When I started in real estate oh so long ago, MLS listings were mimeographed and pretty much secret from non-professionals.
Today’s real estate clients have access to all sorts of information. Not only are most of the housing listings available through Realtor.com
, and Zillow.com,
each site has a ton of information about not only the homes listed, but rentals, plus solid info on real estate in the area, financing and much much more. And those are just the big three. There’s also Redfin.com
which actually competes with most agents, and other sites like Homes.com,
etc. etc. etc.
Your area may have a website or two showing listings only in your locale. Don’t be surprised if a potential buyer wanders into your office brandishing info they downloaded from a site you’ve never heard of. The web is where buyers start their search.
In fact, in July of 2013, Business Week,
reported that the National Association of Realtors said 90 percent of the home buyers start their search for a home on the web. It’s probably a higher percentage now.
It can seem, at times, that there’s little an agent needs to do but take orders for the homes presented on any one, or even all three of these sites.
Too much information
Of course, that’s not true. As a real estate agent you do much more.
One way to look at it is your job is to help them sort through all that information. Not many people looking for a home want to become real real estate experts. From a consumer’s point of view, real estate is an arcane business. Prices are flexible, financing is confusing with 100 options, details like home inspection can cause more confusion than it solves.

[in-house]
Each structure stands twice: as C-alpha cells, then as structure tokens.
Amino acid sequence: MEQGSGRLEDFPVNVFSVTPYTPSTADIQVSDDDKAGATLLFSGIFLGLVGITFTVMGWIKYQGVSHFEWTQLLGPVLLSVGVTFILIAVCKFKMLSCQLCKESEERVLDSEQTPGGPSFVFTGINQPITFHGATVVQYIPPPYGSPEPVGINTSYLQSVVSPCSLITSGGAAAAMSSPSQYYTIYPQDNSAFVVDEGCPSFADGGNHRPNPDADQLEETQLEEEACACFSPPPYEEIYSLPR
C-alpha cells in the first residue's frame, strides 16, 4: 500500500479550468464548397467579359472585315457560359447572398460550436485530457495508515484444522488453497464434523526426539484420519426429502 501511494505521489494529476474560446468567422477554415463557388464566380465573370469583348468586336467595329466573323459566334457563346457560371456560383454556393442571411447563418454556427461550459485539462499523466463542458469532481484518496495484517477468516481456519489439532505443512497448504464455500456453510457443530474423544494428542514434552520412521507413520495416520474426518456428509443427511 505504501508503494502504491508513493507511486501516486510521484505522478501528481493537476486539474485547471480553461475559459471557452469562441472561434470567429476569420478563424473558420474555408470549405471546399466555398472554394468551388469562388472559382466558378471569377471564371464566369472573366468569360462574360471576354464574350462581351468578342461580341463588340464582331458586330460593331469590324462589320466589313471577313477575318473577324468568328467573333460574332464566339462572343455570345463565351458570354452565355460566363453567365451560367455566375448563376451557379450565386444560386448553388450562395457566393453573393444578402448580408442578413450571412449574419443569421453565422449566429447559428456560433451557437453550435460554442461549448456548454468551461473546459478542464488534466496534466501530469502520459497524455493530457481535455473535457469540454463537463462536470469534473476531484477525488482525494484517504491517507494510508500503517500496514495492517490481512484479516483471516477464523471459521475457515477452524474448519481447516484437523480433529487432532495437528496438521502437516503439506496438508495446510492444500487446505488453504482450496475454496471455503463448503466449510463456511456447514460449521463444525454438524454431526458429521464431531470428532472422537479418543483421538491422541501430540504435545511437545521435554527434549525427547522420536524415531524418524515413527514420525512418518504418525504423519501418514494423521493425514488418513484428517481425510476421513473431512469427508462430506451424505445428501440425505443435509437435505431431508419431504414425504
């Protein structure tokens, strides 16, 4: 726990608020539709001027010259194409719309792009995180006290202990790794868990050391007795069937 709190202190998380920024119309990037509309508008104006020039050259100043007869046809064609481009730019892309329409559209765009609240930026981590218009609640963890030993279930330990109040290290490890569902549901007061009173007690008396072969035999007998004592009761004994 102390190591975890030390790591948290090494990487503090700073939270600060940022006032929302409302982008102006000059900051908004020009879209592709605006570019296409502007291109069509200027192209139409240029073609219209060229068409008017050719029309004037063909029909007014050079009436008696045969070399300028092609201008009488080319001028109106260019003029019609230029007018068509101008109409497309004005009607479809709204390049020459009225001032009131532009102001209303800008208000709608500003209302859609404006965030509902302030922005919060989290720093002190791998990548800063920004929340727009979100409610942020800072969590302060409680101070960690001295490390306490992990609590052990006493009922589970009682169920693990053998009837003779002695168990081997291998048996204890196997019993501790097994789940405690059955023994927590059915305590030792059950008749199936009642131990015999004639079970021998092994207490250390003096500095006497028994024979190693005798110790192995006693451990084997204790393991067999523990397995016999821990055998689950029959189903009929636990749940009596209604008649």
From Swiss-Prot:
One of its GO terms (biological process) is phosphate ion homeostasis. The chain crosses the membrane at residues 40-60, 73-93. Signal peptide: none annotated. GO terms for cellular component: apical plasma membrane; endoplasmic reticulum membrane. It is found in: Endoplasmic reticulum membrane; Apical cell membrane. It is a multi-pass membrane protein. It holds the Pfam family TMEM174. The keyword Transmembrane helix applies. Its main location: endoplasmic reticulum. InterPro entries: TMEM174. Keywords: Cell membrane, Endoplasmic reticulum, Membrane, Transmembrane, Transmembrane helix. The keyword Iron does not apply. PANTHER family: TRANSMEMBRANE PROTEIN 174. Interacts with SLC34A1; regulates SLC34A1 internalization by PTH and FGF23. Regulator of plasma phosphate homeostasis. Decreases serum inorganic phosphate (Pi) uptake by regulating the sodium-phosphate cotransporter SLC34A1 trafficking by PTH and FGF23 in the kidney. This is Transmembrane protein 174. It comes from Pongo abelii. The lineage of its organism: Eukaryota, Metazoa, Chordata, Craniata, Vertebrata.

Even relatively sophisticated buyers and sellers need help sorting through it all.
Small wonder most want to work with a knowledgeable real estate agent they can trust.
Get familiar with online resources
Spend some serious time with the big three and any local online real estate information services you’ve got. Register as a buyer – you may want to also register as an agent, but that’s a different story.
Your goal is to discover exactly what these sites have to offer. Pay attention the the articles they post and links to other agents, loan brokers, etc. Watch how your listings go from IDX to these services.
You want to see these sites through your client’s eyes.
Your goal is service
Remember, your job as a real estate agent is to be of service to your client. That’s what will help you close deals.
Welcome your client’s input from the information they’ve found online. Show them how to use those online tools even more effectively and how they are not limited to just searching for a house but can find information on lending and on all sorts of services they need now or in the future.
Help them understand that seeing staged photos is a whole lot different than standing in the house in question. Point out what the websites can show them and that they can’t demonstrate how a home sounds, or how it feels, or any of the other intangibles that make a house a home. You’ll make clients for life.
How do you help your clients use the web well? Tell us in comments.